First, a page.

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ESOS explained

Apr 15, 2024 | Public | 0 comments


Companies need to prepare now for two Energy Savings Opportunity Scheme deadlines this year. Matt Chadbourn, Synergie Environ says by focusing on their energy auditing strategies to avoid costly and time-consuming revisions later

The first deadline for phase three of the Energy Savings Opportunity Scheme (ESOS) may have been extended from December last year to June 2024 but this time should be used wisely to meet significant new demands for businesses, including a much greater level of reporting detail.

ESOS requirements apply to companies with a headcount of 250+ people (including contractors, regardless of hours) and/or a turnover above £44 million plus an annual balance sheet above £38million. If this applies to your business, there are two 2024 deadlines to focus on.


By 5th June, qualifying organisations must notify the Environment Agency that they have complied with ESOS phase three, and provide supporting evidence. ESOS requires organisations to identify and quantify energy-saving measures but not necessarily to have a plan to enact them at this stage. Businesses have until 5th December to submit their action and implementation plan.

The audits from ESOS phase two demonstrate that businesses are struggling to respond effectively to the requirements. Only a third of the submissions were fully compliant.

What does this mean? At best, companies would have to revise their submissions, with unhelpful and significant cost and time implications. At worst they would be liable for non-compliance penalties. These can include a fine of up to £50,000 – and up to £40,000 more at £500 per working day until compliance is achieved.

Another point to consider is that in phase two, organisations were able to exclude 10 per cent of their energy consumption from significant energy consumption (SEC). This has been reduced to five per cent which means that marginal energy users previously excluded may now have to be catalogued.

To stand the best chance of success, organisations should engage lead assessors with energy auditing expertise in their sector.

The audit will benefit organisations by helping them to create a plan that will translate into energy cost savings (increasing profitability and potentially creating an opportunity to invest), greenhouse gas (GHG) emissions reduction with a corresponding progress towards net zero targets, and a competitive advantage with carbon conscious clients/consumers.


Another phase three change affects those with an externally verified ISO 50001 energy management system. These groups of businesses should provide an energy savings measurement recorded since the last ESOS phase. For some, this might mean more detailed book-keeping and a more thorough investigation by lead assessors.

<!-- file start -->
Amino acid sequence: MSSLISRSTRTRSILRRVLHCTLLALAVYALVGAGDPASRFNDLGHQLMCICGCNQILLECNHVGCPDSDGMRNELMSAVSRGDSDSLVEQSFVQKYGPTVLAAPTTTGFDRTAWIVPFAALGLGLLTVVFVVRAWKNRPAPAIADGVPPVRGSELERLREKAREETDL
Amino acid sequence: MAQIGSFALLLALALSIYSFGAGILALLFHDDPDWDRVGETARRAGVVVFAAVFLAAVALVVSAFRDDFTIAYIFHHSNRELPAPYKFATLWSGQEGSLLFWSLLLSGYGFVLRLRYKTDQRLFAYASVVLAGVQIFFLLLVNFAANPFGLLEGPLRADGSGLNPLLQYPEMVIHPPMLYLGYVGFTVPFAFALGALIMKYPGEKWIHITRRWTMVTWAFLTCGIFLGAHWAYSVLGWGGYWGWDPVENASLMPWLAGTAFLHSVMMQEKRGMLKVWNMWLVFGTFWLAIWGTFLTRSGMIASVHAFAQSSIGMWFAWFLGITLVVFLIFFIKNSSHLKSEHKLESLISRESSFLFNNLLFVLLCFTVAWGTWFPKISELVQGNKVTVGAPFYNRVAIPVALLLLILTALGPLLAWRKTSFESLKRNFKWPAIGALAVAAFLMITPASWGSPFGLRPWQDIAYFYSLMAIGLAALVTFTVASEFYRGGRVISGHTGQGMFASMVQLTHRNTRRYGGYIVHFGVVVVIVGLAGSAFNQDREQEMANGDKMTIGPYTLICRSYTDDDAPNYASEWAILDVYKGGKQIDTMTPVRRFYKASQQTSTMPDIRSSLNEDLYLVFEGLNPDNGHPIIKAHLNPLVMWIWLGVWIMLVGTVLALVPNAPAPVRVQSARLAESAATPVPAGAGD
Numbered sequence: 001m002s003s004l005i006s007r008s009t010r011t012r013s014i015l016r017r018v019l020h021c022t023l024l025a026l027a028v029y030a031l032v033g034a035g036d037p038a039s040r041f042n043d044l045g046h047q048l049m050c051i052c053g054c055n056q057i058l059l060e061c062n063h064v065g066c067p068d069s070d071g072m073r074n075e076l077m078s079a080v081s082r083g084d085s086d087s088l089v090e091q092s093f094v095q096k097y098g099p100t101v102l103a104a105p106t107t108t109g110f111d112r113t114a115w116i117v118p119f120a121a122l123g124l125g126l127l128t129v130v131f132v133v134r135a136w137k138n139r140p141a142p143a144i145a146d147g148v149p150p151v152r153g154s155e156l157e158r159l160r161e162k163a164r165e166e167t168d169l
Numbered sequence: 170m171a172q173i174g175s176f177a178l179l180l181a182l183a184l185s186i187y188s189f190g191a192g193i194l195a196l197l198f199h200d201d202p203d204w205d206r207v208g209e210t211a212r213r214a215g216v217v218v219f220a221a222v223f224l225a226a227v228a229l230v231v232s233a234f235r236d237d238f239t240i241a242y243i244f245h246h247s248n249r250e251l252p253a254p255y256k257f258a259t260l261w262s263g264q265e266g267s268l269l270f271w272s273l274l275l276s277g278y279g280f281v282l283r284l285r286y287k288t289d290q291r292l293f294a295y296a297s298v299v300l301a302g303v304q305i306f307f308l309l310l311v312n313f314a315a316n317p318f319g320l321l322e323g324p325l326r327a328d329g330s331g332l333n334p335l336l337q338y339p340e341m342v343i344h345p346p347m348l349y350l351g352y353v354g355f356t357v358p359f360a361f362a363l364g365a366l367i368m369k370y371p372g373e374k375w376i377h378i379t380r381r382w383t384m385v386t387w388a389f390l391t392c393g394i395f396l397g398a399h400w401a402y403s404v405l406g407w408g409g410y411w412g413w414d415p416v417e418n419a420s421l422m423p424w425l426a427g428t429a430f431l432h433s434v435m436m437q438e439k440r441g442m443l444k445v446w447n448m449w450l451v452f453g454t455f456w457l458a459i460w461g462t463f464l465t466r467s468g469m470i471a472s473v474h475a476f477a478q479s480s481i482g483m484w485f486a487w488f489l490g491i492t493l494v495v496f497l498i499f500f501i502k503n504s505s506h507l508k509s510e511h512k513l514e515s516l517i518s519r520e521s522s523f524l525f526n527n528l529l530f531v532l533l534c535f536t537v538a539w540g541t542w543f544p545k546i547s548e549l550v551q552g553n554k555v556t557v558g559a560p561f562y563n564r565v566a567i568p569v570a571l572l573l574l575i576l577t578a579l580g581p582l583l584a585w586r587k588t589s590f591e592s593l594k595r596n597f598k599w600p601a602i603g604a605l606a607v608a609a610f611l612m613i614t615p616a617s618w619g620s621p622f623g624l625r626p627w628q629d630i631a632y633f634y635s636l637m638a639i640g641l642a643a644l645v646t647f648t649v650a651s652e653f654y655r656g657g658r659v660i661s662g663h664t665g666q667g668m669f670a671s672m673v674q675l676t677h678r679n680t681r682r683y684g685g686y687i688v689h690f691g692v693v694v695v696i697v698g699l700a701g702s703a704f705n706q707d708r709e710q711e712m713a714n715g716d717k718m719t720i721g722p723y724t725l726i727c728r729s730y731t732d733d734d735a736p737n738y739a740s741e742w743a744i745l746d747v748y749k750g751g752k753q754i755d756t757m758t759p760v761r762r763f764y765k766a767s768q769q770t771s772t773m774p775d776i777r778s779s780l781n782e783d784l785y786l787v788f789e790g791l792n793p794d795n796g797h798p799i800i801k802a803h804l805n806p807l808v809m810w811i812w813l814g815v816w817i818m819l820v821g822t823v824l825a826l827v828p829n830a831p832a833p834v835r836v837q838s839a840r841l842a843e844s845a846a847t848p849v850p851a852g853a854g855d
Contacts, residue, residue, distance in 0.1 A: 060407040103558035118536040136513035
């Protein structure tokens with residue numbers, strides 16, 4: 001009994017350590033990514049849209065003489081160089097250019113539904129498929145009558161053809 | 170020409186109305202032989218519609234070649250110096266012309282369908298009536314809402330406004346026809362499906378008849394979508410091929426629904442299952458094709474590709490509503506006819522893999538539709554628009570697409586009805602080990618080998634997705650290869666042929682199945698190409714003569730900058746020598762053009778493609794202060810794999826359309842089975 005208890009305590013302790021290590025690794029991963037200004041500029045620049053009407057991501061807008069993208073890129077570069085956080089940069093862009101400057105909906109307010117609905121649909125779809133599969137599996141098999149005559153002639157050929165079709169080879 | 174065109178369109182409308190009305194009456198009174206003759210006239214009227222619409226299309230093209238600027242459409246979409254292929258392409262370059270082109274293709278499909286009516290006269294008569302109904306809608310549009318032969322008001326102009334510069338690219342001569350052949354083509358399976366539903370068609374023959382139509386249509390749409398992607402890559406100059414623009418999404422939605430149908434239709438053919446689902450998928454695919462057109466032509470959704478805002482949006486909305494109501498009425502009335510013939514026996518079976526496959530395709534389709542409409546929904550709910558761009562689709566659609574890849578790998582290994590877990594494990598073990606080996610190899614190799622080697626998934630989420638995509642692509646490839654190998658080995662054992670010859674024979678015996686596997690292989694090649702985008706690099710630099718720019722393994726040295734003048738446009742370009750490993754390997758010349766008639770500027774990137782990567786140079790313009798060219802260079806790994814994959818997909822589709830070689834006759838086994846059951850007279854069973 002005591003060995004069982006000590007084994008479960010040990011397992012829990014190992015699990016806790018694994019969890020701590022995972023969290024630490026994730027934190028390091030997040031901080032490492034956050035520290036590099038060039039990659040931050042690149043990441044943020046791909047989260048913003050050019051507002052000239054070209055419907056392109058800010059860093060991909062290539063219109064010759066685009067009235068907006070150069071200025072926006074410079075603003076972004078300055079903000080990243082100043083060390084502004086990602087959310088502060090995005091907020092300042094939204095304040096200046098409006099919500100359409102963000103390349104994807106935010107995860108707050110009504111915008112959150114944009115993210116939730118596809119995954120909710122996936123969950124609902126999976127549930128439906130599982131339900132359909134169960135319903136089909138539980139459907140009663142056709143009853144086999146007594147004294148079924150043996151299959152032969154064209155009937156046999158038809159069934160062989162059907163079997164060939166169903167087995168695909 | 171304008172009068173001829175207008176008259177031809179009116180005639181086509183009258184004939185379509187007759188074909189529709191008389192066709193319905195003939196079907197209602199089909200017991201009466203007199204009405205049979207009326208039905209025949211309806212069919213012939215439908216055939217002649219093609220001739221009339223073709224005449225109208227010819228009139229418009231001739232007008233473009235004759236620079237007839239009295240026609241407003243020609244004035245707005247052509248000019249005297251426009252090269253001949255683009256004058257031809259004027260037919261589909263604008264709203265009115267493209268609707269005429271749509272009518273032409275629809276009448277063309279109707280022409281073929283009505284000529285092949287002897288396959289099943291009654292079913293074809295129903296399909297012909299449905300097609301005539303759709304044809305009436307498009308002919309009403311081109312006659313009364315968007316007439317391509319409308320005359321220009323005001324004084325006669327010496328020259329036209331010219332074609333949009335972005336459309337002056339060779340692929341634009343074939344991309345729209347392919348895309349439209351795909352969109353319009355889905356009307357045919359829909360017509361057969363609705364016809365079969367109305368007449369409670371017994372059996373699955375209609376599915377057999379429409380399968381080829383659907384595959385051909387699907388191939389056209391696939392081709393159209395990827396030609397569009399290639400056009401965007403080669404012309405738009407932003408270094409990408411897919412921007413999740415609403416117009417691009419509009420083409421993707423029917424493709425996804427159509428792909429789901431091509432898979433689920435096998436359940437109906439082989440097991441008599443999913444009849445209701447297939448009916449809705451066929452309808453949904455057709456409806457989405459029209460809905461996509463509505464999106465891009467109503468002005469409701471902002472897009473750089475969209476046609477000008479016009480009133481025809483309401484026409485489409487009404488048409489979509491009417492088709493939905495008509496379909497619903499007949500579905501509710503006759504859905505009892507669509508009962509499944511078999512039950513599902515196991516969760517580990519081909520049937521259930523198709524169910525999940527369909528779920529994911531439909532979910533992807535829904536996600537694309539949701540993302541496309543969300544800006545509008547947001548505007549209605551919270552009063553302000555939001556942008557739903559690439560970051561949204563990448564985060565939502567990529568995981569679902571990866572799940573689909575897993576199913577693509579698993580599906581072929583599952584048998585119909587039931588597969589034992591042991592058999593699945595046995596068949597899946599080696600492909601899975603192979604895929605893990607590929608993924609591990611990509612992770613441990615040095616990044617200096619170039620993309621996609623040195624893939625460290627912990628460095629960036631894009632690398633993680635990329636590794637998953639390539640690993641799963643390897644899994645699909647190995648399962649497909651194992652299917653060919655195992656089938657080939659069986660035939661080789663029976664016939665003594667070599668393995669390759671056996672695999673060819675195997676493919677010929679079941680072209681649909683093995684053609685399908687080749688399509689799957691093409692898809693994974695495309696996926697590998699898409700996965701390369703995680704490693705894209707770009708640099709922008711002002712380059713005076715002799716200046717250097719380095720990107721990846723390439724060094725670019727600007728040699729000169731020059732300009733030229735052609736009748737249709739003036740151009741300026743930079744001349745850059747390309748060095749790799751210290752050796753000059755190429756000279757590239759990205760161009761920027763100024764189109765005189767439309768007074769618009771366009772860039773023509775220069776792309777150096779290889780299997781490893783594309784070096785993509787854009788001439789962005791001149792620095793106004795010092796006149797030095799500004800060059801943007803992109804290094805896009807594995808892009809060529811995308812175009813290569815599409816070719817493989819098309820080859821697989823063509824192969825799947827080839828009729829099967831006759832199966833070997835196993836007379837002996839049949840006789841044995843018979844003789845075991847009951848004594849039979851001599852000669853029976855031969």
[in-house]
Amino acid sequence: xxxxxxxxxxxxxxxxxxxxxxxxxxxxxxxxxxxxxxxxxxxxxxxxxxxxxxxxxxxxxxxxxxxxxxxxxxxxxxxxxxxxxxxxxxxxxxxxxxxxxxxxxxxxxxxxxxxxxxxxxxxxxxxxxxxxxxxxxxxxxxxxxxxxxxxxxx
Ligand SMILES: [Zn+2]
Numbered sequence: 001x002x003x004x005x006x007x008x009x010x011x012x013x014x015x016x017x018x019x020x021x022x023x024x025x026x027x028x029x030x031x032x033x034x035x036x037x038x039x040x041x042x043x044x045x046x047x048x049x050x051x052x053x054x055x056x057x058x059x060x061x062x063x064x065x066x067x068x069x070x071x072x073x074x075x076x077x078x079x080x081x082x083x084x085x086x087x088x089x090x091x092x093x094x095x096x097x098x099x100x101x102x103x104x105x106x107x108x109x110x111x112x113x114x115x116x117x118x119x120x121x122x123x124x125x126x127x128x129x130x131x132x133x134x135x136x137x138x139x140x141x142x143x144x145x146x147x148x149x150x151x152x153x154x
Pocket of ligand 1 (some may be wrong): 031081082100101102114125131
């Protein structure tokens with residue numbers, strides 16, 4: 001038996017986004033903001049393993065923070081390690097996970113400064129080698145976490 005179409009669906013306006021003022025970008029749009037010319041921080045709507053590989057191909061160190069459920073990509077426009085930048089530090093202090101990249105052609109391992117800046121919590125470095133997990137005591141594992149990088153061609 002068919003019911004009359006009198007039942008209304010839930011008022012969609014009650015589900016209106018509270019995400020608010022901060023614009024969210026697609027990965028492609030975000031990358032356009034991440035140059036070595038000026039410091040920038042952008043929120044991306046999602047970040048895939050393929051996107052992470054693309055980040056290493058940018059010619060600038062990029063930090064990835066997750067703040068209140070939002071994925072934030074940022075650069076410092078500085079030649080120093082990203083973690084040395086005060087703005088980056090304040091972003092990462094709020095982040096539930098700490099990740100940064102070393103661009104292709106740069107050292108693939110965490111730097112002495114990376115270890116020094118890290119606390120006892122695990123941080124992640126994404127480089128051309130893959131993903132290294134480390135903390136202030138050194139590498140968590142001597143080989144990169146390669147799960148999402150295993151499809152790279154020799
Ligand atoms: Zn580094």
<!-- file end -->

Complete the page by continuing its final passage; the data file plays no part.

Phase three also asks companies to quantify their energy intensity metrics for ongoing monitoring and provide more justification for their sampling strategies.

There has been much discussion about this new addition. The metrics are for buildings, transport and industrial processes, and whatever metric is selected for phase three should be reported against in future phases. Comparison to benchmarks and between sites can also offer useful guidance to organisations on how their buildings are performing.

If an organisation has a number of sites, a sample of sites may be audited and the findings extrapolated. However, ESOS phase three requires an explanation of how the sites are considered to be representative. Organisations should think carefully about the relative size, age, function and energy consumption of each site, to ensure that sampling them is valid.

With the December action plan deadline, significantly more detail is mandatory, including prioritised and time-bound plans to enact solutions. Annual reporting against these will be a feature of phase four.

As a new phase three requirement, organisations must have an action plan by 5th December, so it is in their interest to lay the groundwork with the ESOS report, and not simply give a scattergun of options for directors to pick through. Costs and benefits, along with an implementation programme are required and assessors should prioritise options, highlight timeframes next steps and risks.


Crucially, they should be able to identify applicable grant funding and legislation – the Minimum Energy Efficiency Standard (MEES) in England and Wales, and upcoming legislation in Scotland that will likely require mixed tenure buildings to achieve EPC rating of “C” and a zero-emissions heating supply by 2045 – to give organisations the tools they need.

Finally, while CO2 foot-printing and calculating GHG savings are not required by ESOS, there is a clear value to organisations in incorporating these. Not only will many ESOS-qualifying organisations qualify for Streamlined Energy and Carbon Reporting Regulation (SECR) reporting, but an action plan including GHGs will allow them to take control of their net zero ambitions.

ESOS requirements may seem complex and onerous, but there are clear benefits beyond compliance as companies to dig into the detail of their operations and reporting.

The post ESOS explained appeared first on FMJ.


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